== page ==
Why Fighting Depression Can Improve Senior Health
For many years, depression was considered a natural part of aging. Nothing could be farther from the truth. Depression and aging do not naturally occur together. In fact, if the signs and symptoms of depression are noticed in seniors they should be addressed immediately. Not only does depression reduce a senior’s quality of life, but recent studies have shown that it speeds up aging of the brain, problems with memory and thinking.
A study at the University of Sussex in the United Kingdom reviewed data from 71,000 participants who were clinically depressed but did not have dementia at the beginning of the study. It reviewed the rate of decline in overall cognition including things like “memory loss, executive function (such as decision making) and information processing speed.” The study discovered that seniors with depression experienced “…a greater decline in cognitive state than those without depression”.
Dr Darya Gaysina, one of the lead scientists conducting the study said the results show, “We need to protect the mental wellbeing of our older adults and to provide robust support services to those experiencing depression and anxiety in order to safeguard brain function in later life.”
A second study, conducted at the University of Miami’s Miller School of Medicine found that depression can adversely impact thinking and memory. That study included 1,100 participants with an average age of 71. Twenty-two percent had symptoms of depression. When the study began, all the participants had brain scans, a mental health assessment, memory and thinking skills. The tests were repeated about five years later.
Researchers discovered that in those with more severe symptoms of depression:
- The brain structure was different than in those without depression.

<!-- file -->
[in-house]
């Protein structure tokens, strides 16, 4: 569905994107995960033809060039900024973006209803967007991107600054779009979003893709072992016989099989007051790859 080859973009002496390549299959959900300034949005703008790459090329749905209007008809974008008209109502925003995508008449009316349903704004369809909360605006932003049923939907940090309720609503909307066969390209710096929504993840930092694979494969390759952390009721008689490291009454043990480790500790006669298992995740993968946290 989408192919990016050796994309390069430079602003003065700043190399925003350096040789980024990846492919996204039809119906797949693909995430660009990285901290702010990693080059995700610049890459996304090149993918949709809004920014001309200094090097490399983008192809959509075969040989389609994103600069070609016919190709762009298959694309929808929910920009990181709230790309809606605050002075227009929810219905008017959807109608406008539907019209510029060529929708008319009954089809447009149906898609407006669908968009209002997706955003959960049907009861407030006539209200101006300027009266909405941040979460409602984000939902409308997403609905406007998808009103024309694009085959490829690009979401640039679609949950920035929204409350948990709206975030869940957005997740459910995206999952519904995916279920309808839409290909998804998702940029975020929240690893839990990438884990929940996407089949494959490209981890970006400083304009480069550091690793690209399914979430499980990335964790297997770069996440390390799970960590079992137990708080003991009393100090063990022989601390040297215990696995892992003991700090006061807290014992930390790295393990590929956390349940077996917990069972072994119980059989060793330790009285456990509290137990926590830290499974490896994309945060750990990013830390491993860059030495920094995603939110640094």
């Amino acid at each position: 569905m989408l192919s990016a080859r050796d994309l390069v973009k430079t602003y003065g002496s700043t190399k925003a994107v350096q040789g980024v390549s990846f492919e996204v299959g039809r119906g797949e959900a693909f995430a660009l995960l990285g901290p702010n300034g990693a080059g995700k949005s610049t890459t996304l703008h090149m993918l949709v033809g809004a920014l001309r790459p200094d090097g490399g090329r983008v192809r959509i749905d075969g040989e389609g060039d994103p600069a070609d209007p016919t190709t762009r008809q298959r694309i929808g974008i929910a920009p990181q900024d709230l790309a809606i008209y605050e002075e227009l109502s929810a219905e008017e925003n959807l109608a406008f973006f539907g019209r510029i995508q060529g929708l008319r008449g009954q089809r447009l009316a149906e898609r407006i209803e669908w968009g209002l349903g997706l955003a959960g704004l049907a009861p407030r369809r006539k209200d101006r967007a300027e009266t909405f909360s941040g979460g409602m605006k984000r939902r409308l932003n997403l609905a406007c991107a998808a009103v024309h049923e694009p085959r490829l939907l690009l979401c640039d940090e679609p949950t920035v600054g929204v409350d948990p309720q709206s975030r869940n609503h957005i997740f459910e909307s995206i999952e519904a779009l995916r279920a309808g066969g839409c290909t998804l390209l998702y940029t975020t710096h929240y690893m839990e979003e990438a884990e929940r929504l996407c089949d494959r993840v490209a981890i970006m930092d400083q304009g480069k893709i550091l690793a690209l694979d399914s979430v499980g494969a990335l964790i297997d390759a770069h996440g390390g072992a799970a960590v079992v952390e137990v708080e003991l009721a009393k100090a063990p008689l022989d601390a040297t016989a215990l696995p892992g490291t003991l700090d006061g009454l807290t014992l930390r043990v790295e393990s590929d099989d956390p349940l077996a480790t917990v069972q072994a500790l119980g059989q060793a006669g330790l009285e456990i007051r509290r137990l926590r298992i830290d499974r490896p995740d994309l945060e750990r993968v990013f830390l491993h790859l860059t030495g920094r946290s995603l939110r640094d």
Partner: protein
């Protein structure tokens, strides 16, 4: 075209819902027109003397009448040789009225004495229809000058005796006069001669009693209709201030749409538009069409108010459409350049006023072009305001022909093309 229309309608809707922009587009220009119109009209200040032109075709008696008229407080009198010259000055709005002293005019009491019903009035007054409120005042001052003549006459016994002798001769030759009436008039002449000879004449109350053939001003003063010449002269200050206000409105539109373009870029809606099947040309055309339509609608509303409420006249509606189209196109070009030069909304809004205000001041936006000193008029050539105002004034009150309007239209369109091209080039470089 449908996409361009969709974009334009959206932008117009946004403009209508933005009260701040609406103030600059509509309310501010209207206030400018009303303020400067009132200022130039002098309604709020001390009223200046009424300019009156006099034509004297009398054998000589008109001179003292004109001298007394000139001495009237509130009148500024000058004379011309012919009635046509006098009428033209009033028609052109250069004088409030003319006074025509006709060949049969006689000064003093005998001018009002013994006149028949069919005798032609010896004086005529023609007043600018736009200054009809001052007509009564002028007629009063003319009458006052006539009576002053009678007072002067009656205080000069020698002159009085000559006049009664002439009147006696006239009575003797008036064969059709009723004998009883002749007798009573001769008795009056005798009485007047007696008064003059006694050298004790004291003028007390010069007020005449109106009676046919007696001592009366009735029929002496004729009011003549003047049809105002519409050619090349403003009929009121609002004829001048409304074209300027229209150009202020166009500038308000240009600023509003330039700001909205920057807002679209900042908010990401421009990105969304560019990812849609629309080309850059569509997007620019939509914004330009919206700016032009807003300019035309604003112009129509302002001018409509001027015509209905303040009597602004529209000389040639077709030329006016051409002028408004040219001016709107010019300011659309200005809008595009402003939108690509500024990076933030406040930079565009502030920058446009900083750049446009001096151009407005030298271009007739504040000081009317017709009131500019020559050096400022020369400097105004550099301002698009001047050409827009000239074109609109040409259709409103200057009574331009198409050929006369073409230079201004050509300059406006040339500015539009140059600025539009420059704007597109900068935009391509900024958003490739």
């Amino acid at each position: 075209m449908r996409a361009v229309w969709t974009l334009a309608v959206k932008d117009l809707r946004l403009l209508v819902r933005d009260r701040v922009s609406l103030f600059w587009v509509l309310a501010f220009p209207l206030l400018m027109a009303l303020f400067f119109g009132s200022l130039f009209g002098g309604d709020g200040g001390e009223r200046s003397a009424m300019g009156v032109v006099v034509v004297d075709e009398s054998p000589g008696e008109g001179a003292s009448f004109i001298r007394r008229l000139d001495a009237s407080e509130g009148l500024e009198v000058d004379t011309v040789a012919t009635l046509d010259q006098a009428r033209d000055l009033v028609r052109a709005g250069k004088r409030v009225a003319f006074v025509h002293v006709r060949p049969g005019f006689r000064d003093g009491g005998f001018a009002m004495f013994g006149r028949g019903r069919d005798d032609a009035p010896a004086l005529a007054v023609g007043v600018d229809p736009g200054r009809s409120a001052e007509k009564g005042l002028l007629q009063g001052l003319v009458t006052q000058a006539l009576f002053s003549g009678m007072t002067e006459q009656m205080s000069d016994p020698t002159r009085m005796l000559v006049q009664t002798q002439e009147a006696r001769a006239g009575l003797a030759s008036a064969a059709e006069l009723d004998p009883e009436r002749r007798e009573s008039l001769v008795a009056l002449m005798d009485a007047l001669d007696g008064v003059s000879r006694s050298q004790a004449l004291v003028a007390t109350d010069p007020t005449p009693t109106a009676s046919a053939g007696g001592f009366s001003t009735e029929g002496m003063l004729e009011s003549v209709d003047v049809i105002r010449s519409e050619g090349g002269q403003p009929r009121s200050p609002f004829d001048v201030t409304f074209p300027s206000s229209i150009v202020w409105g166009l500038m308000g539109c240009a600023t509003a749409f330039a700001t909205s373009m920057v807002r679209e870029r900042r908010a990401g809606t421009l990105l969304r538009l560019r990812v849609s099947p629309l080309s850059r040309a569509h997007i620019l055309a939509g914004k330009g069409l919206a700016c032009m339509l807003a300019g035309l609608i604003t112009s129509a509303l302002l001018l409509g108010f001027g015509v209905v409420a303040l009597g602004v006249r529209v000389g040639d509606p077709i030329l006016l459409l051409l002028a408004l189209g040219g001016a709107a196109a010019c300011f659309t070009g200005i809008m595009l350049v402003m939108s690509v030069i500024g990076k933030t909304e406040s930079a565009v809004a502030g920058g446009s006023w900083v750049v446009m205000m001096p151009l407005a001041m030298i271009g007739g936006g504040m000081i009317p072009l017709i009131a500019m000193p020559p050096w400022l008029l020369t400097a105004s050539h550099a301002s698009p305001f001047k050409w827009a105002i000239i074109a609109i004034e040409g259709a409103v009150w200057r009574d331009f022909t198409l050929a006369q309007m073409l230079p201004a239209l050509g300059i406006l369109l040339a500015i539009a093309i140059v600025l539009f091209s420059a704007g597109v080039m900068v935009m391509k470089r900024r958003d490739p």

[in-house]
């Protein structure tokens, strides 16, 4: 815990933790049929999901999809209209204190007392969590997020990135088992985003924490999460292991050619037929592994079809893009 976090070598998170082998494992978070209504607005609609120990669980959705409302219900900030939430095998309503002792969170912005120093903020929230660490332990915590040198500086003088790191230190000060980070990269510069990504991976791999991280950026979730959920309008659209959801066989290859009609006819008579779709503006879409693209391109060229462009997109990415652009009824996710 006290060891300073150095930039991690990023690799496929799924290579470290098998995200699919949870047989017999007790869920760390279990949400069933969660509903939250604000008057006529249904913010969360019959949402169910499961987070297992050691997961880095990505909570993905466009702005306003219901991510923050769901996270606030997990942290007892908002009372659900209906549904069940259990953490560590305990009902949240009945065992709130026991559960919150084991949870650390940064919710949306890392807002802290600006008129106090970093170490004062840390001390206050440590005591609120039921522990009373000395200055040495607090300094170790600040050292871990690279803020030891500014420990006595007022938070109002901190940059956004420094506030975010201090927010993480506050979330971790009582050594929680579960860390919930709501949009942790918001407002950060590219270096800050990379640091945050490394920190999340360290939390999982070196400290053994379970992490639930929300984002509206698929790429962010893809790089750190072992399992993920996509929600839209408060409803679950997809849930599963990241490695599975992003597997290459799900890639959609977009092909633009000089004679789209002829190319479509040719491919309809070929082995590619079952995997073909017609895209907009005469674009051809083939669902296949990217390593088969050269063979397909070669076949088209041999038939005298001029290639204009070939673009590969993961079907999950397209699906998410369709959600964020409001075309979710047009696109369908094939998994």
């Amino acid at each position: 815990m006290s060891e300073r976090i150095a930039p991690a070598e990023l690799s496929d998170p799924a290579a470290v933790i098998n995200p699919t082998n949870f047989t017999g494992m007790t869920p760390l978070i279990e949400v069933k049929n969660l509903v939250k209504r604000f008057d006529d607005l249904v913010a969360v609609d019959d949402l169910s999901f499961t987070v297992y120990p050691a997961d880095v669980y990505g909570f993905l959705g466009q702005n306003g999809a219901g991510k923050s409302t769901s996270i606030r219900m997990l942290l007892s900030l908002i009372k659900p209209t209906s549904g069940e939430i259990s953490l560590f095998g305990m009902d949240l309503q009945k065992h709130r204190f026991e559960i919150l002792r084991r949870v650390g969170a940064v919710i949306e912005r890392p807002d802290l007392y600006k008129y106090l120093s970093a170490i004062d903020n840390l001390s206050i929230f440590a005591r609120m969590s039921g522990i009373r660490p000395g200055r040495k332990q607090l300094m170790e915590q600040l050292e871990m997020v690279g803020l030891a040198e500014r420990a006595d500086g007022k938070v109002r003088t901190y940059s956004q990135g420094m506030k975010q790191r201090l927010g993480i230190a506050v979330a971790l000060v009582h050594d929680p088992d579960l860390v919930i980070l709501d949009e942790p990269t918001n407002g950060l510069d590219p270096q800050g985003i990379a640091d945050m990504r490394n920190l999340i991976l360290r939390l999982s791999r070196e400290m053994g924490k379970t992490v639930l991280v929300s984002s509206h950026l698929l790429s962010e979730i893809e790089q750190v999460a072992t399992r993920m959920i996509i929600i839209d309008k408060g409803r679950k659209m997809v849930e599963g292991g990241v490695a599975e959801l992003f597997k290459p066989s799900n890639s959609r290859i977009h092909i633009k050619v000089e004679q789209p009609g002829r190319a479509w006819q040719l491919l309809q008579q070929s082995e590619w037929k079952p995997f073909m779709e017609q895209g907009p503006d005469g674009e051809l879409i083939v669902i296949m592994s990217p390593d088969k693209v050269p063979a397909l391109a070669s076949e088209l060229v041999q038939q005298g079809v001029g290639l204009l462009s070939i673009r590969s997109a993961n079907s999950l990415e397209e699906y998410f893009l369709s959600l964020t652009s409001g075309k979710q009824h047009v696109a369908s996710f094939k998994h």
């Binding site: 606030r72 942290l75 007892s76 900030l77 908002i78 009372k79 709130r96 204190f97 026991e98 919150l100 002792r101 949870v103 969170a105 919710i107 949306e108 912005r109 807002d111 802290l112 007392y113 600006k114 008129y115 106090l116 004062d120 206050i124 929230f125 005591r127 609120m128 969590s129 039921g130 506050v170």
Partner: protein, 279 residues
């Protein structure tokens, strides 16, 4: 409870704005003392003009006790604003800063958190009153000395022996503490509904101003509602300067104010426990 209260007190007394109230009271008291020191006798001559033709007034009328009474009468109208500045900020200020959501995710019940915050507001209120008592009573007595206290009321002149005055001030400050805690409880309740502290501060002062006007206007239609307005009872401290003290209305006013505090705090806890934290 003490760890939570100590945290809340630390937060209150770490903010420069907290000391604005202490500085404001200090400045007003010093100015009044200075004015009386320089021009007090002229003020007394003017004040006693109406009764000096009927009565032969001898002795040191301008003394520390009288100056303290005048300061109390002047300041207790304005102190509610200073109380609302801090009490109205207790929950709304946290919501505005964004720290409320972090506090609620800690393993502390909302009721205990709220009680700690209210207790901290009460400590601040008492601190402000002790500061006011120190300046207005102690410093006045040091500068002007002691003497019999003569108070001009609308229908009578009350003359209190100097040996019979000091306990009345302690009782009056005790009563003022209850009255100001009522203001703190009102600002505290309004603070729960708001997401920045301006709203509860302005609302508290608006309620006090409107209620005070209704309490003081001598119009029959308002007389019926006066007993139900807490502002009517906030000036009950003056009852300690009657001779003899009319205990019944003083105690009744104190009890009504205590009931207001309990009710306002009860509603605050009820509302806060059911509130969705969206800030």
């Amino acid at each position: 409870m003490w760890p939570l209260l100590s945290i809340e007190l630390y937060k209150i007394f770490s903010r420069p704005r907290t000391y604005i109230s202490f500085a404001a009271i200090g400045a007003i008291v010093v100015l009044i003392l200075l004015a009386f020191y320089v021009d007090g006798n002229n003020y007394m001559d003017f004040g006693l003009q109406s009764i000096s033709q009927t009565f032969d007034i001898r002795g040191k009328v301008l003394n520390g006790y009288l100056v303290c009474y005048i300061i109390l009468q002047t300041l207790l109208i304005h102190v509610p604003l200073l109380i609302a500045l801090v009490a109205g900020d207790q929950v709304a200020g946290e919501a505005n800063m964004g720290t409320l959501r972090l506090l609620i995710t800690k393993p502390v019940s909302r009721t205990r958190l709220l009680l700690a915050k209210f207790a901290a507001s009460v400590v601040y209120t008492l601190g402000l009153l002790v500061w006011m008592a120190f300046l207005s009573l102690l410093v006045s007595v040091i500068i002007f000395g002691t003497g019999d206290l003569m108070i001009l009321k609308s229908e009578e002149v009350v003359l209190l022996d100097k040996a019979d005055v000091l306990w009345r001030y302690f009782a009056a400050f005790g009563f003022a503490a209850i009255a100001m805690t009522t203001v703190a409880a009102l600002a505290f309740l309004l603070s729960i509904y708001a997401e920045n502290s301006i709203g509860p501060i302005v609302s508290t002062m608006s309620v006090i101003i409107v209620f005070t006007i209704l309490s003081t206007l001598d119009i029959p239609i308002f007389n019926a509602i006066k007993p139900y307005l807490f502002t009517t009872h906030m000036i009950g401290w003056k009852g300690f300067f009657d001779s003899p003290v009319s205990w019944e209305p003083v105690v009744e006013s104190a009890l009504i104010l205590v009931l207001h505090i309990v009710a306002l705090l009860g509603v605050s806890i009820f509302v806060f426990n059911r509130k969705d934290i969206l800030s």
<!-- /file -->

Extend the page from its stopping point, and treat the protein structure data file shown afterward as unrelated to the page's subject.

- They scored lower on tests of episodic memory, (ability to remember specific experiences and events).
- They had smaller brain volume.
- They were 55 percent more likely to have small vascular lesions in the brain.
That’s powerful evidence of how depression can impair the brain’s function.
If you notice the signs and symptoms of depression in your loved one, take action. They can include, but are not limited to:
- Persistent sad, anxious, or “empty” mood
- Loss of interest or pleasure in hobbies and activities
- Feelings of hopelessness, pessimism
- Feelings of guilt, worthlessness, helplessness
- Decreased energy, fatigue
- Difficulty concentrating, remembering, making decisions
- Difficulty sleeping
- Appetite and/or unintended weight changes
- Thoughts of death or suicide, suicide attempts
- Restlessness, irritability
- Aches or pains, headaches, cramps, or digestive problems without a clear physical cause and/or that do not ease even with treatment
The good news is that there are steps that can be taken to address depression and prevent cognitive damage. First talk to your loved one’s physicians and relate the signs and symptoms you observe. Compare his or her current behavior to your loved one’s normal lifestyle and activities. The physician may refer your loved one to a specialist, such as a therapist, psychologist or psychiatrist for assessment and treatment.
Other effective treatments for depression include:
- Yoga and exercise
- Cognitive behavioral therapy
Brain health can be protected as we age. The brain needs to be cared for like every other part of the body. When it is ill, it needs appropriate treatment to lessen the symptoms and return it to good health. If you notice that your senior loved one is exhibiting the signs of depression, get help. The right treatment can reduce the symptoms, so they can age healthfully and gracefully.
If you or your family member is considering in-home care as part of a plan to age in place, contact Family Matters In-Home Care today for a free consultation. Our team is dedicated to supporting your family and helping older adults enjoy life in the comfort of their own home for as long as possible.
Some of the services offered by Family Matter In-Home Care include: Alzheimer’s & Dementia Care, Bed & Wheelchair Transfer Assistance, Companionship, Housekeeping & Meal Preparation, Personal Care, Recovery Care, and Transportation.